The Georgia Museum of Art (GMOA) at the University of Georgia will hold its sixth Henry D. Green Symposium of the Decorative Arts February 2–4, 2012.
“Homecoming” is the title and theme of the symposium, representing the museum’s expanded facility, the return of the Edwin Smith’s portraits of native Georgians Robert Ransome Billups and Elizabeth Ware Fullwood Billups to Clarke County and the return of the symposium to Georgia-related topics.
Georgia native and premier art dealer Deanne Deavours (Levison) will deliver the keynote address on Thursday, Feb. 2, at 6 p.m. in the Georgia Center for Continuing Education’s Mahler Auditorium, where all lectures will be held. She will discuss her career in the field of American decorative arts, in which she is acclaimed for her skill and expertise. Deavours is a nationally prominent antiques dealer and independent scholar who has also been central to much of the scholarship surrounding Georgia’s decorative arts traditions.
Dale Couch, adjunct curator of decorative arts at GMOA, describes Deavours as an “indispensable supporter of GMOA programs” and “an invaluable member of the Decorative Arts Advisory Committee.”
The keynote lecture is sponsored by the Georgia Humanities Council and is free and open to the public.
Thursday night will feature an opening reception at the museum from 7:30 to 9 p.m. organized by the Friends of the Georgia Museum of Art to highlight the winter exhibitions.
Decorative arts exhibitions on view will include “Georgia Bellflowers: The Furniture of Henry Eugene Thomas,” for which Ashley Callahan serves as guest curator, and an exhibition of Lycett porcelain painting co-organized by Couch and Michelle Miller (a recent graduate of UGA). Both Callahan and Miller will speak at the symposium, as will Daniel Ackermann, associate curator at the Museum of Early Southern Decorative Arts.
Other topics include pottery archeology in Washington County, Windsor chair construction, the African American presence in the decorative arts of the South, historic house restoration, southern needlework and southern clockmakers.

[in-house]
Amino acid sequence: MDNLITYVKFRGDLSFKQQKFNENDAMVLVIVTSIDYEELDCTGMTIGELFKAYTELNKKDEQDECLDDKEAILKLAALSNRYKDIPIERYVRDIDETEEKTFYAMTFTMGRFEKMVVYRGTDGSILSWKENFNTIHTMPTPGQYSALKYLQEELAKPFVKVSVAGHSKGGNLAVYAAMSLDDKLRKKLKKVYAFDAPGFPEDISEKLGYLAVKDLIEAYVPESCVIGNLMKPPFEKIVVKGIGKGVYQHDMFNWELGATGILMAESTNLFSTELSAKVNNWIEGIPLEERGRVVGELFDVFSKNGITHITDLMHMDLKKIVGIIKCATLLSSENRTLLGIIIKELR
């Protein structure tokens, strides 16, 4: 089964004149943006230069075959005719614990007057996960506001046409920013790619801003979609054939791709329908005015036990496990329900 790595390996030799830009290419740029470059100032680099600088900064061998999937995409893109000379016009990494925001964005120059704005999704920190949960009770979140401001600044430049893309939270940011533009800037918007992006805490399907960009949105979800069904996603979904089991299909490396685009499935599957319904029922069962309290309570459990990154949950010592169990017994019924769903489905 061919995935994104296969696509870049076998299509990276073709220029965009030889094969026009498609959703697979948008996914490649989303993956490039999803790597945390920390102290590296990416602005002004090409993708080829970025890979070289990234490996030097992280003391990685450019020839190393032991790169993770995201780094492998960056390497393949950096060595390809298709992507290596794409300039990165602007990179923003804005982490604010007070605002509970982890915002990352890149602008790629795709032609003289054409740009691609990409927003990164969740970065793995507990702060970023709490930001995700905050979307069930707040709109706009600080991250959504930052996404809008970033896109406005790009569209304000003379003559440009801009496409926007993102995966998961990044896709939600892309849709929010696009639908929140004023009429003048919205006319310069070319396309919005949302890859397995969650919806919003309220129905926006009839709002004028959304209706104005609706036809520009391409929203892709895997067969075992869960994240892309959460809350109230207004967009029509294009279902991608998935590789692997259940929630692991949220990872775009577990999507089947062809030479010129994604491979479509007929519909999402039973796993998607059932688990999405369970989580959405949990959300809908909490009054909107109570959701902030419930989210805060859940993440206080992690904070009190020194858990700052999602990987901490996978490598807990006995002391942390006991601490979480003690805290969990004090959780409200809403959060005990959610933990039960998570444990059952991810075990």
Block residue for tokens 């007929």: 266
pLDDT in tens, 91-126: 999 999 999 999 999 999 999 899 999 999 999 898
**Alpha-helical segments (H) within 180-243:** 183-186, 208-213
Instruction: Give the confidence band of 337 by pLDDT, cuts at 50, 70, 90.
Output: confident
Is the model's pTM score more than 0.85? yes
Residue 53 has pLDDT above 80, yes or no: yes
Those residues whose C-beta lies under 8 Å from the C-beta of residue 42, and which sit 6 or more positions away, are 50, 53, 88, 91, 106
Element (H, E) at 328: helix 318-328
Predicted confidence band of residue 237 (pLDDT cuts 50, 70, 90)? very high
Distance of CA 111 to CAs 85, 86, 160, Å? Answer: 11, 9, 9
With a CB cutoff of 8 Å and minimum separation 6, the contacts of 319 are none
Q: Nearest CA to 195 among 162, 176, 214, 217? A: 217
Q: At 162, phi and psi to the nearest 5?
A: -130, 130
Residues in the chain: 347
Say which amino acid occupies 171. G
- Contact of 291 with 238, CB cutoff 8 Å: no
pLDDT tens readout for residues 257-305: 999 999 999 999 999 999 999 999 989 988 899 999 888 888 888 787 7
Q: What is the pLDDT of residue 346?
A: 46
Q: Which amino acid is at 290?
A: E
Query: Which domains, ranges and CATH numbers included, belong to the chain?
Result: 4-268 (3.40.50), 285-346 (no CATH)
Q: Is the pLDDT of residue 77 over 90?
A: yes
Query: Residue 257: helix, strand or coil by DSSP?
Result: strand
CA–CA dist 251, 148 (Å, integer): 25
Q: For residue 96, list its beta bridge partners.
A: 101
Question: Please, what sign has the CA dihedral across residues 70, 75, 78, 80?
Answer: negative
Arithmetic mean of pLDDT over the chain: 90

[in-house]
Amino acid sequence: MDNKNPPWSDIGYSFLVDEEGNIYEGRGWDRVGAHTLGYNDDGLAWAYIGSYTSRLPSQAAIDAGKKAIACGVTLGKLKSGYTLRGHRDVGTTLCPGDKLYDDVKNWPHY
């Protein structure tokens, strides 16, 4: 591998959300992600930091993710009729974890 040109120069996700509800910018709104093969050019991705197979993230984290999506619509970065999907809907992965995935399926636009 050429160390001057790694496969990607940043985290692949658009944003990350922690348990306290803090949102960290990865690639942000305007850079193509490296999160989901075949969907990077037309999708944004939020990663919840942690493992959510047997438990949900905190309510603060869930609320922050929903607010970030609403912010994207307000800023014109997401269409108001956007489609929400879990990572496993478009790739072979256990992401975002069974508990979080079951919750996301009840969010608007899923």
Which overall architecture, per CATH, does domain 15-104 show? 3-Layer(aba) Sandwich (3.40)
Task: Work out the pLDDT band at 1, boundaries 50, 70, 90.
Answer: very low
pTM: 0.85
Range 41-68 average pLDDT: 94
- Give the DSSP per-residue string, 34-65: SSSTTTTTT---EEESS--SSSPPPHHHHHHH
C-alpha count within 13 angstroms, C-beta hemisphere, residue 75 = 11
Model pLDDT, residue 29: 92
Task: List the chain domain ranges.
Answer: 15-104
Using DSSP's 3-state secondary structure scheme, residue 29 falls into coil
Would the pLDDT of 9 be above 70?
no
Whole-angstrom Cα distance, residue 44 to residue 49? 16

The publication of papers from the last symposium, “Neighboring Voices: The Decorative Culture of Our Southern Cousins,” will be available for purchase for $25 at the symposium and in the Museum Shop.
The symposium is held every other year and is the second largest event of its kind on the East Coast of the United States. Its publications received an award of merit from the American Association for State and Local History in 2008.
All evening events will be at GMOA, with shuttle bus service from the Georgia Center. The full symposium package, including Friday evening’s gourmet homecoming supper, is $250. Attendance at lectures only is $75. UGA students may attend for free but must register. The Georgia Center is handling all registrations and is offering a block of rooms at a discount for attendees. For more information about the symposium, contact the Georgia Museum of Art at 706.542.GMOA (4662).
Partial support for the exhibitions and programs at the Georgia Museum of Art is provided by the Georgia Council for the Arts through appropriations of the Georgia General Assembly. The council is a partner agency of the National Endowment for the Arts. Individuals, foundations and corporations provide additional museum support through their gifts to the University of Georgia Foundation. The Georgia Museum of Art is located in the Performing and Visual Arts Complex on the East Campus of the University of Georgia. The address is 90 Carlton Street, University of Georgia, Athens, Ga. 30602-6719. For more information, including hours, see www.georgiamuseum.org or call 706.542.GMOA (4662).